Indonesia joins Thailand to fight illegal fishing

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The same week that the European Union threatened to sanction Thailand over illegal, unregulated and unreported (IUU) fishing, Indonesia, one of the countries most affected by that problem, agreed to form a joint task force with Thailand to tackle the issue and praised Thailand’s efforts to regulate and monitor its fishing fleets, saying the Thai government is truly committed to solving the problem.

Seafood exports are a major earner of foreign exchange for Thailand, reeling in about $7 billion last year, and Thailand’s private-sector fishing fleet is one of the largest in the Asia-Pacific region. But the industry has been plagued by problems with IUU fishing and human trafficking. Since assuming power last May, the government of Prime Minister Prayut Chan-o-cha has taken more steps to combat both problems than any of its predecessors. But the long years of inaction and the regional nature of the issues mean that it will take time, cooperation and sustained commitments before IUU fishing and human trafficking can be truly eradicated.

The proposal to form a joint task force to address IUU fishing was made by Prime Minister Prayut to Indonesian President Joko Widodo on the sidelines of the Asian-African leaders summit in Jakarta last week. Under Widodo, Indonesia has taken a hard line against IUU fishing. An archipelago with the second-longest coastline in the world at 34,000 miles, Indonesia has suffered at the hands of foreign fishing fleets encroaching on its territorial waters and robbing its marine resources. Recently, Indonesian authorities have begun seizing trawlers that violate the country’s waters and sinking them.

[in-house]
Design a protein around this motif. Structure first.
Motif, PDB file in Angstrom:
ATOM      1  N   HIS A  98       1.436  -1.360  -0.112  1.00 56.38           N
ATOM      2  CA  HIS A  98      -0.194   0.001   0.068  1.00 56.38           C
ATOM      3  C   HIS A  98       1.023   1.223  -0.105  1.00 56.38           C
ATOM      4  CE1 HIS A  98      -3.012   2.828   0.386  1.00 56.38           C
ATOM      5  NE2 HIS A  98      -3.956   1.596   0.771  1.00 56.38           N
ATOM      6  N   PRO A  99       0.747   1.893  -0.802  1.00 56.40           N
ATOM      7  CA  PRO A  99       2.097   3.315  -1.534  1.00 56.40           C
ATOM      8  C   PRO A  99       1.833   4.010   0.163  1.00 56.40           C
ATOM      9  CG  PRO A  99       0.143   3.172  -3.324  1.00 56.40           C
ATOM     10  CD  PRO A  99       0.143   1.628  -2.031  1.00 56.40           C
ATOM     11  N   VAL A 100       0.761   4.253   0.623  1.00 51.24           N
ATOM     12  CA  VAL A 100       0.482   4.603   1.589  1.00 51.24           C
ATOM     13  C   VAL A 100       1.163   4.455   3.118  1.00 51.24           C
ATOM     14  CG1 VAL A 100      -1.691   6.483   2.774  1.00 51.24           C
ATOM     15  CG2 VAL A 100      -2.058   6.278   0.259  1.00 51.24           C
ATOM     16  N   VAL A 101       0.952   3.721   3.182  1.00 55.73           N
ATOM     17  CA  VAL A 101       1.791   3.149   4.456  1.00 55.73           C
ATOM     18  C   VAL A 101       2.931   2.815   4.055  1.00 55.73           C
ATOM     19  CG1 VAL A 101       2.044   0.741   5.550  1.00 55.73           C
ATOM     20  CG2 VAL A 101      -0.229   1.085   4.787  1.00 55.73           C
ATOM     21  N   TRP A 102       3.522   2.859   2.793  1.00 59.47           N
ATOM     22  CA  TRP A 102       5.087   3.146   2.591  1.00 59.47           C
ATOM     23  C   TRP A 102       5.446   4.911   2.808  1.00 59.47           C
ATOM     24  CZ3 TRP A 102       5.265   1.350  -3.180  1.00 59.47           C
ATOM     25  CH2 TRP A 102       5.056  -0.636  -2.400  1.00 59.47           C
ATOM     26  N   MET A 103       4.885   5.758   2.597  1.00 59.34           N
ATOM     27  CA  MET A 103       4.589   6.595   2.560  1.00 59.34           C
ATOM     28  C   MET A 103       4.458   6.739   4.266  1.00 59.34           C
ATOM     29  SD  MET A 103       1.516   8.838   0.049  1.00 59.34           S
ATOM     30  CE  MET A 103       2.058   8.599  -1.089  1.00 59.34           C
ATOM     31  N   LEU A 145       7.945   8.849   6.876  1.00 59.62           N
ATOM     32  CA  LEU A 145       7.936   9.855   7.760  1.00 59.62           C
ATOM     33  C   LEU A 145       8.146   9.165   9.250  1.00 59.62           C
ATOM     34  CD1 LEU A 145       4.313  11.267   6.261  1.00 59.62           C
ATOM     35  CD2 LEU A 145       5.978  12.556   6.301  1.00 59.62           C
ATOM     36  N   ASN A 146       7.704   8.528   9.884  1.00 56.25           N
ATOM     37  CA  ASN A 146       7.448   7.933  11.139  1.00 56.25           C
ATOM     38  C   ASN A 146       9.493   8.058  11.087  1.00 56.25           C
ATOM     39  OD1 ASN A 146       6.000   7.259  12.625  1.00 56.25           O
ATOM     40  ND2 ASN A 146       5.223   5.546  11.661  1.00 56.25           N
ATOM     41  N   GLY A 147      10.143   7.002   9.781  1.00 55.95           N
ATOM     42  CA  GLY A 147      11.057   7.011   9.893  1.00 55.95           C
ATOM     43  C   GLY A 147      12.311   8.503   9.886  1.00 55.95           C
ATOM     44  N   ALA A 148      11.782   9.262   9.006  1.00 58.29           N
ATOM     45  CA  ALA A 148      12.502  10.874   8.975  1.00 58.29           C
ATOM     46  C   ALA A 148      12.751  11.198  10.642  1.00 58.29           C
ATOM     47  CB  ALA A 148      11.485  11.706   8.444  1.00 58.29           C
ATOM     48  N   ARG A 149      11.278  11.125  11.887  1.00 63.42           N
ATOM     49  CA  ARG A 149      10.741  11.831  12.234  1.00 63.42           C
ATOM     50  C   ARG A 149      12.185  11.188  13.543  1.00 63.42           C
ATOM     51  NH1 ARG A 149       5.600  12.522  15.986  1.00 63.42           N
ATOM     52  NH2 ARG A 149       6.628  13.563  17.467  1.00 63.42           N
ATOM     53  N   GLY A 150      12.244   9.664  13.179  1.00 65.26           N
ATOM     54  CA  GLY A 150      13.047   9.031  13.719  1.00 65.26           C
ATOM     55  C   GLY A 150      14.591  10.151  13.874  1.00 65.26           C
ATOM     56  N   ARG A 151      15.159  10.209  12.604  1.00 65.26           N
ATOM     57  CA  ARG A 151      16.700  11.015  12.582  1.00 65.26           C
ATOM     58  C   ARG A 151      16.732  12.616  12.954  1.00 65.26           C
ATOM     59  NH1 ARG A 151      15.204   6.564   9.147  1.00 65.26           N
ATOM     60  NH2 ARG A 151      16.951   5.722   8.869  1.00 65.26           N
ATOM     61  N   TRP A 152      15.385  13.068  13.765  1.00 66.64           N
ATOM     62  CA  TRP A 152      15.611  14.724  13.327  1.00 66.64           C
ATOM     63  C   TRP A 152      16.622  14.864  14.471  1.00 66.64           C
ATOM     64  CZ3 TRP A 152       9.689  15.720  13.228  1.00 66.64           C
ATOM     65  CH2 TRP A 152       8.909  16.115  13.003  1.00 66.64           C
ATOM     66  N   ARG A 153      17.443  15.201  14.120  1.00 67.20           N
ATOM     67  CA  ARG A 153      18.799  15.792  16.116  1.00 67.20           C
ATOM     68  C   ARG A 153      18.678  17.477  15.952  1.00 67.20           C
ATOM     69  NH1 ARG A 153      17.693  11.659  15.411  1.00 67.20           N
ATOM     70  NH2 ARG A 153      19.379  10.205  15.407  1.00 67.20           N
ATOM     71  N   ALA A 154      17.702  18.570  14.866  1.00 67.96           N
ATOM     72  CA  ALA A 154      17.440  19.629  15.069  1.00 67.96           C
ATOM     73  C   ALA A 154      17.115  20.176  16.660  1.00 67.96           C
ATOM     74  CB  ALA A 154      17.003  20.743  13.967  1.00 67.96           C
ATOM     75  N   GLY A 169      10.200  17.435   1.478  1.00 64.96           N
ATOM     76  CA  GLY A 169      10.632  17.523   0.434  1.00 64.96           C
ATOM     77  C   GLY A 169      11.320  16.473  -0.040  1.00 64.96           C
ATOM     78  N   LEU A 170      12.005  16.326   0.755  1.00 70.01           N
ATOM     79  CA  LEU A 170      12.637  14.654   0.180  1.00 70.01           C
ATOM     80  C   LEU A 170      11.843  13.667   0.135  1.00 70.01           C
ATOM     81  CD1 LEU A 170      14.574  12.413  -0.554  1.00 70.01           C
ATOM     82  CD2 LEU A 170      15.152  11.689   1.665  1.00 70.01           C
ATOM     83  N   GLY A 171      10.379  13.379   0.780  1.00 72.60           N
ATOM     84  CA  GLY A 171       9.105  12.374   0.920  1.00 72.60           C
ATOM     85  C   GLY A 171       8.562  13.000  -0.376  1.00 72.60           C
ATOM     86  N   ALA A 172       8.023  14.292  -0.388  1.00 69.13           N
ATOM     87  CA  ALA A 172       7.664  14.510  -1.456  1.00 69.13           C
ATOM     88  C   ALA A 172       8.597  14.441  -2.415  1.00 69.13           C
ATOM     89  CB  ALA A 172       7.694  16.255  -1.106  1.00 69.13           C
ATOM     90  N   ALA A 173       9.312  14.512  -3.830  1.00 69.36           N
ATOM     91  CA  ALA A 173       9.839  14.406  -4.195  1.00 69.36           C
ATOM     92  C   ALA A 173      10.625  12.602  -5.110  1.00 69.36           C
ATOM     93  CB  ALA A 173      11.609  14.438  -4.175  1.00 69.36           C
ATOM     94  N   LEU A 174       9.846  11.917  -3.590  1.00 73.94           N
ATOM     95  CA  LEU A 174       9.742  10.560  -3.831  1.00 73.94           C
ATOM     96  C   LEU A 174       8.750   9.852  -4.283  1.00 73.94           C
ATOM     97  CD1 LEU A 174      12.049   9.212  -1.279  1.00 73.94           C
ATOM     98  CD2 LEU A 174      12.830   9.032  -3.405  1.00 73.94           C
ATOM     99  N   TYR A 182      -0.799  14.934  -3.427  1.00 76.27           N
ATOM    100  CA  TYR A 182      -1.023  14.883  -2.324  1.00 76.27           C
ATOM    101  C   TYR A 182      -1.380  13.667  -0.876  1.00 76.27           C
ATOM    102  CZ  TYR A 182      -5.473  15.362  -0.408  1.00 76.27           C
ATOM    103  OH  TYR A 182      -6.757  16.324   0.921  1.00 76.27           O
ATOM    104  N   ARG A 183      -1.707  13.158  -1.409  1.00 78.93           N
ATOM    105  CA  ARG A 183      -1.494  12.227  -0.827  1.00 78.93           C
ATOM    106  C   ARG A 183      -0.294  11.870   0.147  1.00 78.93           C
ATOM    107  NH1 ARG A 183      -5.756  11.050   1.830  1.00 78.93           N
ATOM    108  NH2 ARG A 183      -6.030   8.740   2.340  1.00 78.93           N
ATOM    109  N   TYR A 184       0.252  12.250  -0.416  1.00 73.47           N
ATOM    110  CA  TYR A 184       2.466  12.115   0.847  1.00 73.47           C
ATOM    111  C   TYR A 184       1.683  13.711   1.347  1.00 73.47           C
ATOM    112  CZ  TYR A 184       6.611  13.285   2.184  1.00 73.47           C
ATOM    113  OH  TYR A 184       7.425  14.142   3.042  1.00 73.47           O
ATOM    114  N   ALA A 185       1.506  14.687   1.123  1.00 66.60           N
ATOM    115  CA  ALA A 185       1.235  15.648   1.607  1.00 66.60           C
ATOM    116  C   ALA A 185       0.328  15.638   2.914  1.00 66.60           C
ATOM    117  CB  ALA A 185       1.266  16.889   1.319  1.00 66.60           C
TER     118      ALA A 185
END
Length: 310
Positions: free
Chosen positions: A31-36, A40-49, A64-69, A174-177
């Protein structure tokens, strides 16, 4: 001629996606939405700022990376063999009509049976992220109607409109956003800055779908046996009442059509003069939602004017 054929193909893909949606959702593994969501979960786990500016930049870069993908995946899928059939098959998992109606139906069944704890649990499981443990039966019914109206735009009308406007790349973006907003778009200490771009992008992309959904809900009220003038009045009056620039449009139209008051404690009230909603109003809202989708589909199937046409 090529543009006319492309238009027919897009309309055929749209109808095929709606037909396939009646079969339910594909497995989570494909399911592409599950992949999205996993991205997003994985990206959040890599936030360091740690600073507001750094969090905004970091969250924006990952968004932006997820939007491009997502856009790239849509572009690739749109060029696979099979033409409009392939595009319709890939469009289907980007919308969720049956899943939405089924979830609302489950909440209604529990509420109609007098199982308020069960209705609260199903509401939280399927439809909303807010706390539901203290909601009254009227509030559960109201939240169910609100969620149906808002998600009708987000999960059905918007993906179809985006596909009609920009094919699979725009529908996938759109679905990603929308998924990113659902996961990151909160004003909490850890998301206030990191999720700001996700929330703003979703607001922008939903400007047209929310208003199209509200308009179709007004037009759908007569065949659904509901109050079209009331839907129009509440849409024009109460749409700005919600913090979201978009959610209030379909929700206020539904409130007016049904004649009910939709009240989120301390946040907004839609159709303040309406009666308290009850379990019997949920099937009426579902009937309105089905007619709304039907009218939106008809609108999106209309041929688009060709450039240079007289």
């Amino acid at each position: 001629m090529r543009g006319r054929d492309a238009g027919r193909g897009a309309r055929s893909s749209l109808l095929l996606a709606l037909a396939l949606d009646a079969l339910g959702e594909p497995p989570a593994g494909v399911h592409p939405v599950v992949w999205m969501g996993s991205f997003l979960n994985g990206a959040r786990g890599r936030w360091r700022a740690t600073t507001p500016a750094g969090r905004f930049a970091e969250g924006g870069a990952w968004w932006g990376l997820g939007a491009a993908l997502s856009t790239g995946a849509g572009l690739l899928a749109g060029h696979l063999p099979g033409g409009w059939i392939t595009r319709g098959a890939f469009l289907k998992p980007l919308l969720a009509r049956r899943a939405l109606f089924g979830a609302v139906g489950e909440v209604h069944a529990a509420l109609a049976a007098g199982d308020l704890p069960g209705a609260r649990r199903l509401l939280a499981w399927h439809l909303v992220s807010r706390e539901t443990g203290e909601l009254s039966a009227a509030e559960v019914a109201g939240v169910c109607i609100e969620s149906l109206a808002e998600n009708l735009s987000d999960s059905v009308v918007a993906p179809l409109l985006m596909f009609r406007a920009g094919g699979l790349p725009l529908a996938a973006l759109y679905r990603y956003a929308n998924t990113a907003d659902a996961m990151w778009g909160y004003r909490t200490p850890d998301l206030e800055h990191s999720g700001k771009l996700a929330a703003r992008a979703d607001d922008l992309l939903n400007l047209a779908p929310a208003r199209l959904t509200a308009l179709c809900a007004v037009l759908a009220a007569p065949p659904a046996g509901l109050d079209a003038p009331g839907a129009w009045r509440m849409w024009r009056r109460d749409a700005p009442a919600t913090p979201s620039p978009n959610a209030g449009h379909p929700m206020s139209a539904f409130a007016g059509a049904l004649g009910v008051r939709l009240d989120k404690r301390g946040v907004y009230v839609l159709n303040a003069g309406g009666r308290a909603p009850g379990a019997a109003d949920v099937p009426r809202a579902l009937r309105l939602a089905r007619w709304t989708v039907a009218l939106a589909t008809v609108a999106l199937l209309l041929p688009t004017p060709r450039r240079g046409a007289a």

Indonesian Foreign Ministry Spokesman Arrmanatha Nasir said the meeting between the two leaders was "friendly" and both acknowledged more needed to be done. “Both leaders are going to set up a taskforce to address this issue,” he said.

Indonesia’s Coordinating Maritime Affairs Minister Indroyono Soesilo said, “Thailand has shown a strong commitment to dealing with illegal fishing,” after learning of Prime Minister Prayut’s order that 7,000 Thai fishing vessels install tracking systems to allow authorities to monitor their positions.

The two countries are expected to sign a memorandum of understanding to cooperate on fisheries in coming days. Prime Minister Prayut said that he hoped the European Union would show some patience with Thailand, as his government has only begun implementing new policies on IUU fishing and human trafficking within the last few months, and that results would take time to show. As the industry is of vital economic importance to Thailand, his government is committed to cleaning up abuses and making fisheries more sustainable.

Four ASEAN countries — Indonesia, Thailand, Vietnam and the Philippines — are among the world’s ten-largest fish producers. Combined, all 10 ASEAN members account for a quarter of global fish production.

Indonesia is the largest fish producer in the region, but its officials say about 5,000 foreign fishing vessels are operating illegally in its waters. While Indonesia earned $23 billion from its fishing industry last year, it claims it is losing $20 billion in marine resources to foreign poachers every year.

For more information and updates about Thailand's policies and actions against trafficking in persons and related issues, visit www.thaianti-humantraffickingaction.org